# HLSL Pixel Shaders With D3d9 SDL_Renderer

### April 18, '21

Sometimes when working with SDL you may want to have custom effects that run fullscreen for every pixel. In some cases you can just do that on the CPU side, but that quickly becomes a CPU bottleneck as the resolution increases.

One solution to avoid that is to use shaders. The most common way to add shaders to SDL is to use OpenGL, which is multiplatform. Because of that you can write shaders once and then just run those same shaders in all the platforms that you are compiling for. However, in a few cases, you may want to have a custom shaders that works only for DirectX when your code is running on Windows. Some reasons you may want that are:

• you are targetting old or weird platforms that have glitches in their OpenGL support;
• you prefer to write HLSL code and are only running your program on Windows;
• you want the best performance possible when running on Windows;
• you want features that are easier to implement on HLSL when compared to GLSL (which is used in OpenGL).

# The Idea

The main idea is to define the same D3D_RenderData that is used by SDL’s Direct3d9 driver. This way we can then access everything that’s inside it. In our case, the piece of information we want to acces is the D3D device.

typedef struct
{
// ...
} D3D_RenderData;

// ... very code, many line ...

IDirect3DDevice9* device = reinterpret_cast<D3D_RenderData*>(renderer->driverdata)->device;


Then we can simply call the normal D3D functions using our device to set the shader:

assert(D3D_OK == IDirect3DDevice9_CreatePixelShader(device, g_ps21_main, &shader));

// ...



# Compiling HLSL Shaders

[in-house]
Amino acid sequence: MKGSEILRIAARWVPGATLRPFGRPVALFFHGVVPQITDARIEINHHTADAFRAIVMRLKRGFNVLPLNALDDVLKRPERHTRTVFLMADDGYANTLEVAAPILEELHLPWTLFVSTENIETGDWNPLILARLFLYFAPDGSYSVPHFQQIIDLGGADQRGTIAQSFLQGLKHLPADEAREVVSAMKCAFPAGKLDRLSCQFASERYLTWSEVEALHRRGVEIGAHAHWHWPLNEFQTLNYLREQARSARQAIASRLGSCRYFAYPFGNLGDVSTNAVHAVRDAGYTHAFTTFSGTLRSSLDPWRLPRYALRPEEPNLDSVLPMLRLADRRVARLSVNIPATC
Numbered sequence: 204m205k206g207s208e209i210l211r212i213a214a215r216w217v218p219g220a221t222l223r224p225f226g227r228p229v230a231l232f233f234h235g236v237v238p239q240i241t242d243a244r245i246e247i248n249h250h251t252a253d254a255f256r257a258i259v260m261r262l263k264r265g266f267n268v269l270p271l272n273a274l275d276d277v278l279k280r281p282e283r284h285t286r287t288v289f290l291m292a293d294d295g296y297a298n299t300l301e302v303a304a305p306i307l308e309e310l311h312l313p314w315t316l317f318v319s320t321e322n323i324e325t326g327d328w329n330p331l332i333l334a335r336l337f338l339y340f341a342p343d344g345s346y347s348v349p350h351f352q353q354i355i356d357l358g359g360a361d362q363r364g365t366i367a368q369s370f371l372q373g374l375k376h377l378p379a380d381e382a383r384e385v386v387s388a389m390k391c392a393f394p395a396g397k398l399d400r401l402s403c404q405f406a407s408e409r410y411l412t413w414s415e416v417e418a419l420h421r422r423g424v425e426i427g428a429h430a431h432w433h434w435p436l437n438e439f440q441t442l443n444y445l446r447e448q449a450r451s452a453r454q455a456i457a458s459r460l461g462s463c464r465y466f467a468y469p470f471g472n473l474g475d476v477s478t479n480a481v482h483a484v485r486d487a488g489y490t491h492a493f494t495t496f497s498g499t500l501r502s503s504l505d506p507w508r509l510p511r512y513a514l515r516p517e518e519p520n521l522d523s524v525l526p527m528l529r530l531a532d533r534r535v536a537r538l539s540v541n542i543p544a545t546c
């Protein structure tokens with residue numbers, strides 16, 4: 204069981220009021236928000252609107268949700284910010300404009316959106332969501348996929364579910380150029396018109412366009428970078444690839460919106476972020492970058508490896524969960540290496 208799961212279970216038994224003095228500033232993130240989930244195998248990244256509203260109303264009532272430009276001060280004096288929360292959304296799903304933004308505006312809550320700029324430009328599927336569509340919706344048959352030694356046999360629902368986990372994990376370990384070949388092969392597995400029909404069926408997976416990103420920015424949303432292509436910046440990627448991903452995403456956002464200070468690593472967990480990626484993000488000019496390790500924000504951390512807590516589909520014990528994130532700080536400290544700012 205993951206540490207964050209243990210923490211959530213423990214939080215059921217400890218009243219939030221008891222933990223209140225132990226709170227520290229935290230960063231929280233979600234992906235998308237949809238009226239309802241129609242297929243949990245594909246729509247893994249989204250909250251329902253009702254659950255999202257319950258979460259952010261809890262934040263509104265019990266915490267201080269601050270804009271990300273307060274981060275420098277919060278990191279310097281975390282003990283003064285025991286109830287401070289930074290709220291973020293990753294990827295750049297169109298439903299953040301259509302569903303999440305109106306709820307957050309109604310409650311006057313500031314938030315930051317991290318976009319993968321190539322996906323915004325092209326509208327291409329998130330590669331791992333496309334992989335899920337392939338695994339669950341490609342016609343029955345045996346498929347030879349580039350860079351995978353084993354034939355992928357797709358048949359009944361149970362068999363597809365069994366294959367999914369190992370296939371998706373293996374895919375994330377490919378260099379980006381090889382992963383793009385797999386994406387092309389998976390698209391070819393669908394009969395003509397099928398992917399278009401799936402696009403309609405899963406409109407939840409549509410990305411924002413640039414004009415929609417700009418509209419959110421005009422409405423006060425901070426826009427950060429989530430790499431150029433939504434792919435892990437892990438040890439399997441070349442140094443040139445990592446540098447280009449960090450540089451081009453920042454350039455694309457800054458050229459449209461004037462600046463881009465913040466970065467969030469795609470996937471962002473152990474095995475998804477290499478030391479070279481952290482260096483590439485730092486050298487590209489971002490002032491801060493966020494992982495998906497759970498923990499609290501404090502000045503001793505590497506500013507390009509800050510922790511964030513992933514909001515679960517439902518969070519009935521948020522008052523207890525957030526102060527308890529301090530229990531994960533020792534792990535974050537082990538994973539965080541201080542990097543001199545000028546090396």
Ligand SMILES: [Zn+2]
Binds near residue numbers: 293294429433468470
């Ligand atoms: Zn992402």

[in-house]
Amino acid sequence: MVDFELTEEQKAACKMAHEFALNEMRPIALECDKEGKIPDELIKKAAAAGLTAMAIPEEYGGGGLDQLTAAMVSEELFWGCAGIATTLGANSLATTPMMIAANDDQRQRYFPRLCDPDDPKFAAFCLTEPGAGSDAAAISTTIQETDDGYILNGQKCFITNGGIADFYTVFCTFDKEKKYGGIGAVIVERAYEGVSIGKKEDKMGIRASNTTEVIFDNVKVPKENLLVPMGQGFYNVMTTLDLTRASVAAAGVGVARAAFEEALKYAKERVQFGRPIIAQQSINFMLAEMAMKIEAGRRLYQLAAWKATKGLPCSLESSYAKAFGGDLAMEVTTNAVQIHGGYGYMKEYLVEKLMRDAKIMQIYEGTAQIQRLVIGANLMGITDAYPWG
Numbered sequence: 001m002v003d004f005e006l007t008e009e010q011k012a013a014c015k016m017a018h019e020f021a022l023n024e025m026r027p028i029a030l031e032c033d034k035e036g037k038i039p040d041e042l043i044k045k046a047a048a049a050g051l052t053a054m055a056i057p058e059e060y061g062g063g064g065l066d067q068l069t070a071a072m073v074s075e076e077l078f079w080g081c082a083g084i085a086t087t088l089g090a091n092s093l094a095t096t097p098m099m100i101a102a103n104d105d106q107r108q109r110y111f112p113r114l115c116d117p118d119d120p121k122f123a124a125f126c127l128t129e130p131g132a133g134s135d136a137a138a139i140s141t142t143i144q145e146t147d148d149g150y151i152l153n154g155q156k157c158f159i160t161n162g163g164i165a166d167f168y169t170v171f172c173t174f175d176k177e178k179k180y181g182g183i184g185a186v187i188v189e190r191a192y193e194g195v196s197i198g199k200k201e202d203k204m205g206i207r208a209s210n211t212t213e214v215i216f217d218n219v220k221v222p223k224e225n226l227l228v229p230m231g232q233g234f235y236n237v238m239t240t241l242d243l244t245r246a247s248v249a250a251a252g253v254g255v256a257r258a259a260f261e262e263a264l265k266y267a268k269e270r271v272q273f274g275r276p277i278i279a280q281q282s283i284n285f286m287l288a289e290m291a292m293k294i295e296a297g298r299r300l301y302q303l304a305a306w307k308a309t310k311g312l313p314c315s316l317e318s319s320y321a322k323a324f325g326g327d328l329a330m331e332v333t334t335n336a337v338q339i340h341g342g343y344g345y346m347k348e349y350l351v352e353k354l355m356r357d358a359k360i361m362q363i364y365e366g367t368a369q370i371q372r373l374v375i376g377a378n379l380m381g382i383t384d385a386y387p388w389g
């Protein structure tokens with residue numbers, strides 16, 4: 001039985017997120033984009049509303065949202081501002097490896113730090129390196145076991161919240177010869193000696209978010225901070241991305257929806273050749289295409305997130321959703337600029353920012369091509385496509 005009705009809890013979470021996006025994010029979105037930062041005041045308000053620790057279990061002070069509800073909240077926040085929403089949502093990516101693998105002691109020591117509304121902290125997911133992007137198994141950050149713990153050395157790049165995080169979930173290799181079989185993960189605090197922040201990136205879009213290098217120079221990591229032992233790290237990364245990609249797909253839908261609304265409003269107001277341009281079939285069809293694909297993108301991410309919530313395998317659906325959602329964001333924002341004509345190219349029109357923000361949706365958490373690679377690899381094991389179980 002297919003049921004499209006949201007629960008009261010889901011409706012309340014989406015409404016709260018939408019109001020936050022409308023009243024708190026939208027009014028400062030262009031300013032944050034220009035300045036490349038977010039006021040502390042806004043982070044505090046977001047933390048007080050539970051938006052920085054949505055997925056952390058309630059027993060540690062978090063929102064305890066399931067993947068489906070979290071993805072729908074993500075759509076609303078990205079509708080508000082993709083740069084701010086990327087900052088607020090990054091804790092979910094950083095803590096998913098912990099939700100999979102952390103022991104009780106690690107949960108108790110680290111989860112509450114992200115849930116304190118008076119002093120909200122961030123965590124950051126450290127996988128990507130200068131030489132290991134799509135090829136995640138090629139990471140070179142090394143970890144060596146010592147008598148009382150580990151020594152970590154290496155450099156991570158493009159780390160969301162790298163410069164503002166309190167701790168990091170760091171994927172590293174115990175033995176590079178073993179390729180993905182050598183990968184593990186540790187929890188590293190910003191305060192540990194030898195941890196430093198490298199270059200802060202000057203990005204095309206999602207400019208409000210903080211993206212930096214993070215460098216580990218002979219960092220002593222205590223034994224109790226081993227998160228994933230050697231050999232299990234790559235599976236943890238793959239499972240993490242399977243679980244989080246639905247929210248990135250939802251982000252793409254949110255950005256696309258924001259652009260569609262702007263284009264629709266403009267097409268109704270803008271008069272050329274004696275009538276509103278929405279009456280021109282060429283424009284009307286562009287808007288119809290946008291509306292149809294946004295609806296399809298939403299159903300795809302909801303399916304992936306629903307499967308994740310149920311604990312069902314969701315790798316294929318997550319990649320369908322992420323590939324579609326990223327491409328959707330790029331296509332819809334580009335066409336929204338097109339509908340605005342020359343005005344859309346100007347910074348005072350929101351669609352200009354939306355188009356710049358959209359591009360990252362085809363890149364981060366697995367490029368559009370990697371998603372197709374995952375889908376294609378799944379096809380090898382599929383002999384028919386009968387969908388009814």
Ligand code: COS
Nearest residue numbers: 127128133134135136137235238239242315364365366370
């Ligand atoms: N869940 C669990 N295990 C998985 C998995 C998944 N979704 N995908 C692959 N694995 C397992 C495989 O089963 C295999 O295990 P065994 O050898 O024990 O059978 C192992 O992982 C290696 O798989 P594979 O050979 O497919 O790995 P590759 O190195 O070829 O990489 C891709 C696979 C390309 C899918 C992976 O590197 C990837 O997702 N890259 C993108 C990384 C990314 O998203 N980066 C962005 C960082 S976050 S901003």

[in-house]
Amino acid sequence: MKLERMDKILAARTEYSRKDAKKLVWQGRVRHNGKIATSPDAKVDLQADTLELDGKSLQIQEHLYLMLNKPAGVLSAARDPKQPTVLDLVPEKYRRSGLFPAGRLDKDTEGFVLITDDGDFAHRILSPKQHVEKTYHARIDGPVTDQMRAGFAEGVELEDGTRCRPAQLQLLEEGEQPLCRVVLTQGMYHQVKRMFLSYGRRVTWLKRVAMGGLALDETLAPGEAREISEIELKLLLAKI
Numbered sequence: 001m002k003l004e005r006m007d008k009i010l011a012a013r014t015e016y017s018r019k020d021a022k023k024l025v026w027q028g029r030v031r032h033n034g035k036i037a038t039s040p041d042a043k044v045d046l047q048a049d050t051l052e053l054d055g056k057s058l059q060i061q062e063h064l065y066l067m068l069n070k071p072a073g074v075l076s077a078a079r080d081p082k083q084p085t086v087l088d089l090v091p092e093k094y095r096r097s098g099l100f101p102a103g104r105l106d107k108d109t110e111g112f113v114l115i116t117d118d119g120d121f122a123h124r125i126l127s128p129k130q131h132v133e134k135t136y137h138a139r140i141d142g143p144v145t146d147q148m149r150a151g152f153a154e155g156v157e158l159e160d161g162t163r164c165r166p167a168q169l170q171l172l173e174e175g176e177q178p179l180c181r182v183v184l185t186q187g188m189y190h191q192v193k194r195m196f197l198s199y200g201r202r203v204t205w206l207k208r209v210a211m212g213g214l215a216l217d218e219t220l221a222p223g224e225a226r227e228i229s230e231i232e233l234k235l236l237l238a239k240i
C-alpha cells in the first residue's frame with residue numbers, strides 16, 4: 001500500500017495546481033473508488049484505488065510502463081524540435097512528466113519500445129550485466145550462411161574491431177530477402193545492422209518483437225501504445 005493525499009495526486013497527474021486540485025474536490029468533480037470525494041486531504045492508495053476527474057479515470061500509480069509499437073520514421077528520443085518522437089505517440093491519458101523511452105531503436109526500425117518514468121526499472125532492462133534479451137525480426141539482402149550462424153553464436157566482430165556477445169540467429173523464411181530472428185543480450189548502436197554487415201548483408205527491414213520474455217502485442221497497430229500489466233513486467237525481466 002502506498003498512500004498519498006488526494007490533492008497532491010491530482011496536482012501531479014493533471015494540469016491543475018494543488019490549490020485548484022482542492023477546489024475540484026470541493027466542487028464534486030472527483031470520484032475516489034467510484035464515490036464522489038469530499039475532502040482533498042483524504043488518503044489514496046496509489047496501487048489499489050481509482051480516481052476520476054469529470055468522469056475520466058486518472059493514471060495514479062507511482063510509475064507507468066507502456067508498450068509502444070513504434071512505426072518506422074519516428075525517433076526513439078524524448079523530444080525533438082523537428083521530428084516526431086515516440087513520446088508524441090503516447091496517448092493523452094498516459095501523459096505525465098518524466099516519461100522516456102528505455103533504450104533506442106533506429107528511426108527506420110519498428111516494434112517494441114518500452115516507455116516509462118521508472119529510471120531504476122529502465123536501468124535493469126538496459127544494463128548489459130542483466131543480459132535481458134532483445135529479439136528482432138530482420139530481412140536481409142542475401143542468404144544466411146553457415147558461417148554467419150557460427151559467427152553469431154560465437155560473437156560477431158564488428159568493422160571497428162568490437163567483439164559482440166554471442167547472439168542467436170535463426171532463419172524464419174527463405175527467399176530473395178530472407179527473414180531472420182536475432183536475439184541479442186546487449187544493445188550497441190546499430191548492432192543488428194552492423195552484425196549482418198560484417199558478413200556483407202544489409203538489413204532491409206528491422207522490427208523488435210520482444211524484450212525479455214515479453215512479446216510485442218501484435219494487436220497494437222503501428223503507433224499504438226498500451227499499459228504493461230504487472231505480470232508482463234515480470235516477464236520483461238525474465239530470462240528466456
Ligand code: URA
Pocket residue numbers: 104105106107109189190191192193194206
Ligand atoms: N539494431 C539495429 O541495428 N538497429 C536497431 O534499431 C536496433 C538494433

To compile HLSL shaders we use fxc.exe, which is part of the DirectX SDK (it can be downloaded from Microsoft).

For example, if we have a fractal.hlsl that we want to compile to a binary and put that binary in a C array in a header file, we can do that by this command:

fxc /O3 /T ps_2_a fractal.hlsl /Fh fractal.h


Notice we have to set the shader profile (with /T) to ps_2_a (it could also be ps_2_0 or ps_2_b, but the first is the least limited). This is because SDL’s driver for Direct3D9 does not setup a vertex shader, so we need to either use the version 2 or go to 3 and also make a vertex shader, but then we would need to worry about what exactly we are passing to that vertex shader and in the case of passing textures we would probably need to drop SDL_Renderer altogether and almosts write a new custom driver for SDL. At that point it is probably better to drop SDL and just go with full Windows + DirectX.

# Example Project on GitHub

I’ve created a full example project on GitHub, which compiles and produces the beautiful Mandelbrot fractal you saw in the screenshots.

Example Project: SDL_Renderer + HLSL